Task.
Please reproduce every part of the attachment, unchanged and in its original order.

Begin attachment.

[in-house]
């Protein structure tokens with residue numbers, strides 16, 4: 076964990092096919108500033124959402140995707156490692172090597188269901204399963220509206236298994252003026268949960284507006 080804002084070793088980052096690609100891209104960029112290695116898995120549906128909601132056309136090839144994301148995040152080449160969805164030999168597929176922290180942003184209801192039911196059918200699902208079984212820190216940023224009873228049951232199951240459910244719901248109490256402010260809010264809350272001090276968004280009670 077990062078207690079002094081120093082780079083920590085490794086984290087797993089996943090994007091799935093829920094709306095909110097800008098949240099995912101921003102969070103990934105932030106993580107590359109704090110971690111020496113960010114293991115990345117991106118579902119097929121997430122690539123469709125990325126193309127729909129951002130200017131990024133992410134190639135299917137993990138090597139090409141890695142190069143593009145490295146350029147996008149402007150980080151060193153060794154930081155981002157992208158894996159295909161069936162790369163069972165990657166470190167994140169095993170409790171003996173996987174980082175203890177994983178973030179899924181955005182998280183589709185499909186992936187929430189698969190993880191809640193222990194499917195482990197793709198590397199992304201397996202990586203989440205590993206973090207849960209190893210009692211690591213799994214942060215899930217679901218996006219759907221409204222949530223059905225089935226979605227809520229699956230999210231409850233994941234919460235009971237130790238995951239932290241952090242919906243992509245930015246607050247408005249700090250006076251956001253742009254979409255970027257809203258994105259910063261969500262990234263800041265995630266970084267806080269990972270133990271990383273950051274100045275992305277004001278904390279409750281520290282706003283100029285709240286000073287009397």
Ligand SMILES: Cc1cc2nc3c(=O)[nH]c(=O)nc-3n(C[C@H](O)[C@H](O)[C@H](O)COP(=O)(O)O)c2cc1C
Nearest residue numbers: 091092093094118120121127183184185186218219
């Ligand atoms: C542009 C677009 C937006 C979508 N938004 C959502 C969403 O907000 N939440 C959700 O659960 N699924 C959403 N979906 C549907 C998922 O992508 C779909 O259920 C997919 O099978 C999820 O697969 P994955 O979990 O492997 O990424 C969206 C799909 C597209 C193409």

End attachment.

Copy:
[in-house]
């Protein structure tokens with residue numbers, strides 16, 4: 076964990092096919108500033124959402140995707156490692172090597188269901204399963220509206236298994252003026268949960284507006 080804002084070793088980052096690609100891209104960029112290695116898995120549906128909601132056309136090839144994301148995040152080449160969805164030999168597929176922290180942003184209801192039911196059918200699902208079984212820190216940023224009873228049951232199951240459910244719901248109490256402010260809010264809350272001090276968004280009670 077990062078207690079002094081120093082780079083920590085490794086984290087797993089996943090994007091799935093829920094709306095909110097800008098949240099995912101921003102969070103990934105932030106993580107590359109704090110971690111020496113960010114293991115990345117991106118579902119097929121997430122690539123469709125990325126193309127729909129951002130200017131990024133992410134190639135299917137993990138090597139090409141890695142190069143593009145490295146350029147996008149402007150980080151060193153060794154930081155981002157992208158894996159295909161069936162790369163069972165990657166470190167994140169095993170409790171003996173996987174980082175203890177994983178973030179899924181955005182998280183589709185499909186992936187929430189698969190993880191809640193222990194499917195482990197793709198590397199992304201397996202990586203989440205590993206973090207849960209190893210009692211690591213799994214942060215899930217679901218996006219759907221409204222949530223059905225089935226979605227809520229699956230999210231409850233994941234919460235009971237130790238995951239932290241952090242919906243992509245930015246607050247408005249700090250006076251956001253742009254979409255970027257809203258994105259910063261969500262990234263800041265995630266970084267806080269990972270133990271990383273950051274100045275992305277004001278904390279409750281520290282706003283100029285709240286000073287009397």
Ligand SMILES: Cc1cc2nc3c(=O)[nH]c(=O)nc-3n(C[C@H](O)[C@H](O)[C@H](O)COP(=O)(O)O)c2cc1C
Nearest residue numbers: 091092093094118120121127183184185186218219
């Ligand atoms: C542009 C677009 C937006 C979508 N938004 C959502 C969403 O907000 N939440 C959700 O659960 N699924 C959403 N979906 C549907 C998922 O992508 C779909 O259920 C997919 O099978 C999820 O697969 P994955 O979990 O492997 O990424 C969206 C799909 C597209 C193409």